Adams et al. is an appeal from a conviction for abortion. The appellants contended that the trial court had erroneously rejected their proffer to show that some of the facts in the affidavit supporting a search warrant had been obtained by telephone wiretapping. This Court found their argument to be without merit. At that time fourth amendment law concerning wiretapping was dominated by Olmstead v. United States, 277 U.S. 438, 48 S.Ct. 564, 72 L.Ed. 944 (1928). This Court expressed doubt as to whether there was any illegality, and further pointed out that no evidence obtained by a wiretapping was offered by the State. 200 Md. at 139, 88 A.2d at 559. The Court then referred to the rule that an affidavit in support of a search warrant which is sufficient on its face cannot be contradicted. Moreover, the Court considered that, even if the information obtained by wiretapping were inadmissible, there existed other evidence sufficient to support the warrant. Adams et al. is of no real assistance to the Chus' position.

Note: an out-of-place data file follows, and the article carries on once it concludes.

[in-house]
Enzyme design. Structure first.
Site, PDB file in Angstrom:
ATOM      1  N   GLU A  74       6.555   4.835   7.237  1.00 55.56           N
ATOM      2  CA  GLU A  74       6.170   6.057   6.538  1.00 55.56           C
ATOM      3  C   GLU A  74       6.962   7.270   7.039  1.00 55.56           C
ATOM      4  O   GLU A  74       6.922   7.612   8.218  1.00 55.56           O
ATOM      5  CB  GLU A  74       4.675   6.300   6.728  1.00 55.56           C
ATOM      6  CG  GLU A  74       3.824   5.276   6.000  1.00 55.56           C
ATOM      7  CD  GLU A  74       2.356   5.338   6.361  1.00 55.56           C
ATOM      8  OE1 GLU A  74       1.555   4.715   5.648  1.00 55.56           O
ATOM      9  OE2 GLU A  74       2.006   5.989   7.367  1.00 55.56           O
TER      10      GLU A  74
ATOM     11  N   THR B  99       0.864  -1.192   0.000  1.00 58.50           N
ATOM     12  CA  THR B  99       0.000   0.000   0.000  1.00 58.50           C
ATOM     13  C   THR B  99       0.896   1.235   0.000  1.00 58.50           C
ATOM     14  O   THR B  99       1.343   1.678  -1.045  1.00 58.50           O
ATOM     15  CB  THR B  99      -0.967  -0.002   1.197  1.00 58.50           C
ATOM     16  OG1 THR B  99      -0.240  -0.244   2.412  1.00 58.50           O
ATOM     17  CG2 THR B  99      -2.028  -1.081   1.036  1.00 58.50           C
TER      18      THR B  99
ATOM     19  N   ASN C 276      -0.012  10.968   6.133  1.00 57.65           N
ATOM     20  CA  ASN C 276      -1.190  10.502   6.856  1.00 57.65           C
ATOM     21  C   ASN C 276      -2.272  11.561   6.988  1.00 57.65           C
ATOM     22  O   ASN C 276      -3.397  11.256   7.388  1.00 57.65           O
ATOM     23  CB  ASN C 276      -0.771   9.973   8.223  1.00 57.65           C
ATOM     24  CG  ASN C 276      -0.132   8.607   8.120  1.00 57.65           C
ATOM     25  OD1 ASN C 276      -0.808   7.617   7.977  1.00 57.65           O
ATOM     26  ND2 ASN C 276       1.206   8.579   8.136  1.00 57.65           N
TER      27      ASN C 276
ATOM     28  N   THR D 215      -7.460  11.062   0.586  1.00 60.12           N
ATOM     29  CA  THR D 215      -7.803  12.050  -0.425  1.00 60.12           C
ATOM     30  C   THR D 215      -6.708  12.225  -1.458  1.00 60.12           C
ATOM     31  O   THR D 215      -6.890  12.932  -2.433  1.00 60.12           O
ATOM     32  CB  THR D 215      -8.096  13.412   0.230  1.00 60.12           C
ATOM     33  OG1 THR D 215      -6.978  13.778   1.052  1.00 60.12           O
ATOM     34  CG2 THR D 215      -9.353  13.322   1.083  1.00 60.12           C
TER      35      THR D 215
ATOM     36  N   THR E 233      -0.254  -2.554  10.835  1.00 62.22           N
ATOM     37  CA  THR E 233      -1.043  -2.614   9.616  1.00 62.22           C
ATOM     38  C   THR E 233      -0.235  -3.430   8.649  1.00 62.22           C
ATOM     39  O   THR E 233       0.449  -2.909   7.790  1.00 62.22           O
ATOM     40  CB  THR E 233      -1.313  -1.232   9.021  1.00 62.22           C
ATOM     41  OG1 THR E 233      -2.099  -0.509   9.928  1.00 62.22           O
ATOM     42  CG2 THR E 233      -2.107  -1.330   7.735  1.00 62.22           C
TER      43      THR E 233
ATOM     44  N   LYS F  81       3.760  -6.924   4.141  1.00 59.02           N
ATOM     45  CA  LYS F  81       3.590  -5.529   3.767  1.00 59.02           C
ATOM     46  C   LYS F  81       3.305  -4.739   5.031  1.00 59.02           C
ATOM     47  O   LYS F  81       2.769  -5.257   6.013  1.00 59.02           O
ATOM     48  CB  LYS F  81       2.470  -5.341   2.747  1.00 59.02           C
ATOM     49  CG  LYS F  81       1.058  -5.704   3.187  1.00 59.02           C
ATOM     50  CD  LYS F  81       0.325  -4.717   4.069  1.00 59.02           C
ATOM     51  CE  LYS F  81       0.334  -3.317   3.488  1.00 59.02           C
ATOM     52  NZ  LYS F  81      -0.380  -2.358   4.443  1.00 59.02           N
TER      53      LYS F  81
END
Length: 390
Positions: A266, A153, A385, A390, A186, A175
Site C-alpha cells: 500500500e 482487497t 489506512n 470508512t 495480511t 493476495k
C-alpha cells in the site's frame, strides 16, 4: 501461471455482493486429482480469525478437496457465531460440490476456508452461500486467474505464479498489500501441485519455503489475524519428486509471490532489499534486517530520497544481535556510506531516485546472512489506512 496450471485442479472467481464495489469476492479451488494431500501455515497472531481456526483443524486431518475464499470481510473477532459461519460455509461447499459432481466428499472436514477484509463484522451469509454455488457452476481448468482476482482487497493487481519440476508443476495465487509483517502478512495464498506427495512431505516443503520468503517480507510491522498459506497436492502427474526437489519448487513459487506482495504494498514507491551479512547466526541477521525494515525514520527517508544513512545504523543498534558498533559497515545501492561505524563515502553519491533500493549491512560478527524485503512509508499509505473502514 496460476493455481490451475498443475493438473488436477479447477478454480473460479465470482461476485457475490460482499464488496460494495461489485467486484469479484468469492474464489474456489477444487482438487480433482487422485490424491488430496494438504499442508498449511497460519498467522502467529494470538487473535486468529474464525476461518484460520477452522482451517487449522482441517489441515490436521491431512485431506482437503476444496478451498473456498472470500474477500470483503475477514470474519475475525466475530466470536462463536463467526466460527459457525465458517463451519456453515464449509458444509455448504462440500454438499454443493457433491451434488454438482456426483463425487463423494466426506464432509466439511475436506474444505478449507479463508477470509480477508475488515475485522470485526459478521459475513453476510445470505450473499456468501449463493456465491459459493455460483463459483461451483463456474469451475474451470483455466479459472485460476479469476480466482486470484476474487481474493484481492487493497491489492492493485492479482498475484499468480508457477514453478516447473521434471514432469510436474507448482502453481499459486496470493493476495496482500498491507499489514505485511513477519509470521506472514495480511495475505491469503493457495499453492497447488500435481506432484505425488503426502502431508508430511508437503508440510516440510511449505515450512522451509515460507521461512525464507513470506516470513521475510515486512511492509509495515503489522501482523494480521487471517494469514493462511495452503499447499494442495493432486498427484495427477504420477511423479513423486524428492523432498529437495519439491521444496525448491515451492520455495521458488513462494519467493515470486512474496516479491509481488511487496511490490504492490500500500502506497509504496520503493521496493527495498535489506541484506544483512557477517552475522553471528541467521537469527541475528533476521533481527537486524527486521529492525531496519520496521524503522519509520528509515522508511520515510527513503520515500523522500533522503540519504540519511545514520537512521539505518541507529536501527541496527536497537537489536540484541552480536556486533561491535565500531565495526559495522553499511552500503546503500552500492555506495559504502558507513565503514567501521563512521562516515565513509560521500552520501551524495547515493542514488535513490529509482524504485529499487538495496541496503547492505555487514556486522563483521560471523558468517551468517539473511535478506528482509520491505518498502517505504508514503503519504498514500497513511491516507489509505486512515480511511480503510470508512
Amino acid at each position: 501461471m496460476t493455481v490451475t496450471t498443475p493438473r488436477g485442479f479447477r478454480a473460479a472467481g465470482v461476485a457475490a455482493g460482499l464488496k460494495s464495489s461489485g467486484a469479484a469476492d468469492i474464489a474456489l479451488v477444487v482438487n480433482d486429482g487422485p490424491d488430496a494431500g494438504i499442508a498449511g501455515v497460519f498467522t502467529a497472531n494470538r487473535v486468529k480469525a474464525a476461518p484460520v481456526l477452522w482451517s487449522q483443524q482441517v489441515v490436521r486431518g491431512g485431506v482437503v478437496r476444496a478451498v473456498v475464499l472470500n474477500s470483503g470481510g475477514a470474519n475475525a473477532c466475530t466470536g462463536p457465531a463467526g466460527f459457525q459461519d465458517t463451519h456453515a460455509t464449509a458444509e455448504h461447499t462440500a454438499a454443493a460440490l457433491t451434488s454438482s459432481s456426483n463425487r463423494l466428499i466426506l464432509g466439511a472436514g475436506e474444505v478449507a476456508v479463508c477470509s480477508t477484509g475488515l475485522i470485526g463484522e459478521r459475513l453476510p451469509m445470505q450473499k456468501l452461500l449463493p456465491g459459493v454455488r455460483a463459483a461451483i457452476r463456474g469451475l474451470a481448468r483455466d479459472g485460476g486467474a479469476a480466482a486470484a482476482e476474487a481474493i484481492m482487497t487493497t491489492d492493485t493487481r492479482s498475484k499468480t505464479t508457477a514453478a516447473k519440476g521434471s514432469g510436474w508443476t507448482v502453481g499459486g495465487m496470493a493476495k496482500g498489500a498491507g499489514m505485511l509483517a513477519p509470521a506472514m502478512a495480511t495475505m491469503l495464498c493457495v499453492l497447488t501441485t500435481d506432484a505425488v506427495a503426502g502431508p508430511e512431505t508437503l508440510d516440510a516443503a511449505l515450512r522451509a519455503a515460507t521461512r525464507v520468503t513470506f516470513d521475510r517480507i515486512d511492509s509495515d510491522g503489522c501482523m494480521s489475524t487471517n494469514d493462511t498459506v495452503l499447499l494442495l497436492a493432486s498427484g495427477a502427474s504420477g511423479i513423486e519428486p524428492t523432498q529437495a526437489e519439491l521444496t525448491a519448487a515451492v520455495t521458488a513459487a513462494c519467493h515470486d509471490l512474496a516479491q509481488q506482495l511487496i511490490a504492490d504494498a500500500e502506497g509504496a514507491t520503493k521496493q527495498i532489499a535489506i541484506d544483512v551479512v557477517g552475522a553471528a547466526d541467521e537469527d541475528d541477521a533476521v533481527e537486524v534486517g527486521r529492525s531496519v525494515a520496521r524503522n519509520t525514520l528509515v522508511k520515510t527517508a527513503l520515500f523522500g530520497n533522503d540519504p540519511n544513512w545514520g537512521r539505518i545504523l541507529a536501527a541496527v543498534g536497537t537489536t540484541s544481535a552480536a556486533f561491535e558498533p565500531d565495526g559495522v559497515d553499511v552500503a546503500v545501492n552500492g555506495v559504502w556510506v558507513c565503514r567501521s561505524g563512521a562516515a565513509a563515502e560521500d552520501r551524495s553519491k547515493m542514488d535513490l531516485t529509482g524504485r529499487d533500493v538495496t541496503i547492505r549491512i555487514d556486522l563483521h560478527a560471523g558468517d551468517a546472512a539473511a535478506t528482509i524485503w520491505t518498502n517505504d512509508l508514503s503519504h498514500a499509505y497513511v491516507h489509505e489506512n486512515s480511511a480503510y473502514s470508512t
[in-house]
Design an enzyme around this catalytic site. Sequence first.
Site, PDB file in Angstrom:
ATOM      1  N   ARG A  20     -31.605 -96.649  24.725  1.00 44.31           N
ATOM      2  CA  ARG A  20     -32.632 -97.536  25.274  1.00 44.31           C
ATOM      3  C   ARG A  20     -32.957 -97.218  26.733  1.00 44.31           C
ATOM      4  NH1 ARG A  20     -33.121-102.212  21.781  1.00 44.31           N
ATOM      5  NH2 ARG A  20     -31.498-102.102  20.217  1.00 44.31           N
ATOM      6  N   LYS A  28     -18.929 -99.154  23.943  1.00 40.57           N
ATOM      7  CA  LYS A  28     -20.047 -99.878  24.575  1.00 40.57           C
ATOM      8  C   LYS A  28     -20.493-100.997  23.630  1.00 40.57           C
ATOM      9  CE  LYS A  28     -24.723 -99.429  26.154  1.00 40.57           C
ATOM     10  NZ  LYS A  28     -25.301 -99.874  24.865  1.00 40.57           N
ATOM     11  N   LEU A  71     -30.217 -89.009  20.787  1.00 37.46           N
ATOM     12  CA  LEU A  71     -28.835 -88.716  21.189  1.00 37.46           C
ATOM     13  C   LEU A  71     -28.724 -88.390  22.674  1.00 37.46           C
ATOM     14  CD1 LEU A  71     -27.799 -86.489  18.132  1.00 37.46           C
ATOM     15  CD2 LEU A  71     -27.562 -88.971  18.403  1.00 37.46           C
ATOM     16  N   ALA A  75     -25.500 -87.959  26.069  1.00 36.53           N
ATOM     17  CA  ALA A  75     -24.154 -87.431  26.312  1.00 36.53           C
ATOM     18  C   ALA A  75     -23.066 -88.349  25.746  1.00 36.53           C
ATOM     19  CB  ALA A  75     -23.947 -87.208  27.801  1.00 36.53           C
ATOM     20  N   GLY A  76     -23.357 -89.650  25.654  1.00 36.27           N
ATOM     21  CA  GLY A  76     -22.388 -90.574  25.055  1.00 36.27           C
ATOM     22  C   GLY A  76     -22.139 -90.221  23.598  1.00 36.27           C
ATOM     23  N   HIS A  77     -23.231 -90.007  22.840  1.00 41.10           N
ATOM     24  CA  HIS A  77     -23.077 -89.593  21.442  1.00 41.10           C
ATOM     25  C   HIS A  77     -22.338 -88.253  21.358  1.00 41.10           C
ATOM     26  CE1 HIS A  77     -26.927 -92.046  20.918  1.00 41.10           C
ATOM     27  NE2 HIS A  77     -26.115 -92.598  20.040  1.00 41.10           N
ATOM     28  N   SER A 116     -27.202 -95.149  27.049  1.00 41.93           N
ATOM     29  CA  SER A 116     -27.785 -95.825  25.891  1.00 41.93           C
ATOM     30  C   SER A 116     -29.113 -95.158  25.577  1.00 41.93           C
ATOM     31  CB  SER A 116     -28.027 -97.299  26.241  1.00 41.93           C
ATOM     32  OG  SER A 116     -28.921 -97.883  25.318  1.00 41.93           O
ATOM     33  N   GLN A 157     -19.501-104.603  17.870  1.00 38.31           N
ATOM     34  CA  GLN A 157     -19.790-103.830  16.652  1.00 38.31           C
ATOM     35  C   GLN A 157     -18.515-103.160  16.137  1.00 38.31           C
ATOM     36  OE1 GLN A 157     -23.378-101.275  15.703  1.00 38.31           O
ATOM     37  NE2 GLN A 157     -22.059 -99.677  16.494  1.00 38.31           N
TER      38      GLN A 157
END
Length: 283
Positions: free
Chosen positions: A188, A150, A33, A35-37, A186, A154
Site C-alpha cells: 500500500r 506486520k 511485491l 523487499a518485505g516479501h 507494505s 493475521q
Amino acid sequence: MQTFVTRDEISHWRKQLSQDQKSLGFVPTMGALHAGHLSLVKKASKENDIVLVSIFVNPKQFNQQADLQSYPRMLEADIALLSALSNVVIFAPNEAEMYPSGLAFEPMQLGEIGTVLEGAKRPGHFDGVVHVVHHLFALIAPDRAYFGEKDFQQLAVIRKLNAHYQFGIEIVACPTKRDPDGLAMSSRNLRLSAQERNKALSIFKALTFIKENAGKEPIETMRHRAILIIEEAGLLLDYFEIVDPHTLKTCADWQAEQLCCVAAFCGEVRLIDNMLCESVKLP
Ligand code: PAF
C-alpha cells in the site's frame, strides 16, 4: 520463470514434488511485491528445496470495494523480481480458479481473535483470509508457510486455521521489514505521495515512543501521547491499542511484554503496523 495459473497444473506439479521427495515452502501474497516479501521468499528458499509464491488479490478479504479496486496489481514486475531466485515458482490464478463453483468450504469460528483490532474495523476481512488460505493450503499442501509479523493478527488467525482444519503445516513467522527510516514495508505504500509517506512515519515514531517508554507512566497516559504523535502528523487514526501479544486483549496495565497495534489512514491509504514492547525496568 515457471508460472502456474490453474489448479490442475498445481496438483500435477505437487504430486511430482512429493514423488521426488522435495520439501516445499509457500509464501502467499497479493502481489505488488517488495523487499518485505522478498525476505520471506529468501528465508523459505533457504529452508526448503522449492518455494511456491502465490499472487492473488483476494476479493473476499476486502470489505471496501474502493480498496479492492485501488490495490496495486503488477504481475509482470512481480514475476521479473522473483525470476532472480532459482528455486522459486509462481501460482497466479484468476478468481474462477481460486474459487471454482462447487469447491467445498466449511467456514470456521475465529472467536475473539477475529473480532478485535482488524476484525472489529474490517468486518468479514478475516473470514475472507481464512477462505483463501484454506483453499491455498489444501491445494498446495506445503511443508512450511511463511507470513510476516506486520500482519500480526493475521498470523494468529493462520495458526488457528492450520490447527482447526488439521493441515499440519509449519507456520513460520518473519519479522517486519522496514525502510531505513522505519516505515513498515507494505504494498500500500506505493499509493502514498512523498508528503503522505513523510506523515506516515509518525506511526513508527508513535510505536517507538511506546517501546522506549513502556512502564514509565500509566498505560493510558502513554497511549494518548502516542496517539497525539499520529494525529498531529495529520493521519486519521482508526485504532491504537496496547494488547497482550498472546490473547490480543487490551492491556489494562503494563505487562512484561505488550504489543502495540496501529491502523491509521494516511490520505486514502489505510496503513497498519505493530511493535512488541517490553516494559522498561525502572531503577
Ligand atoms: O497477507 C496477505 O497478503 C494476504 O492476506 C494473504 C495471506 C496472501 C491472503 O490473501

Harris, supra, is another appeal from a gambling conviction. The police had seized lottery paraphernalia in Harris's possession under a search warrant and that evidence was introduced at trial. Significant to the instant matter is the argument made by Harris. She contended that under the then-existing version of § 551 [Code (1951), Art. 27, § 328] "the words `that there is probable cause' must be read and construed and implied to mean `probable cause other than that shown to be based upon an illegal search.'" Harris v. State, 203 Md. 165, 99 A.2d 725 (1953), Appellant's Brief at 24. Then, as an alternative argument Harris sought suppression under the Bouse Act of facts contained in the search warrant. Id. at 26. Underlying both theories was the contention that a police officer had trespassed onto the curtilage of Harris's dwelling in order to make the observations which formed the basis for the search warrant. This Court held that there was no trespass in making the observations. By resting its holding on the absence of illegality, Harris is similar to Adams et al.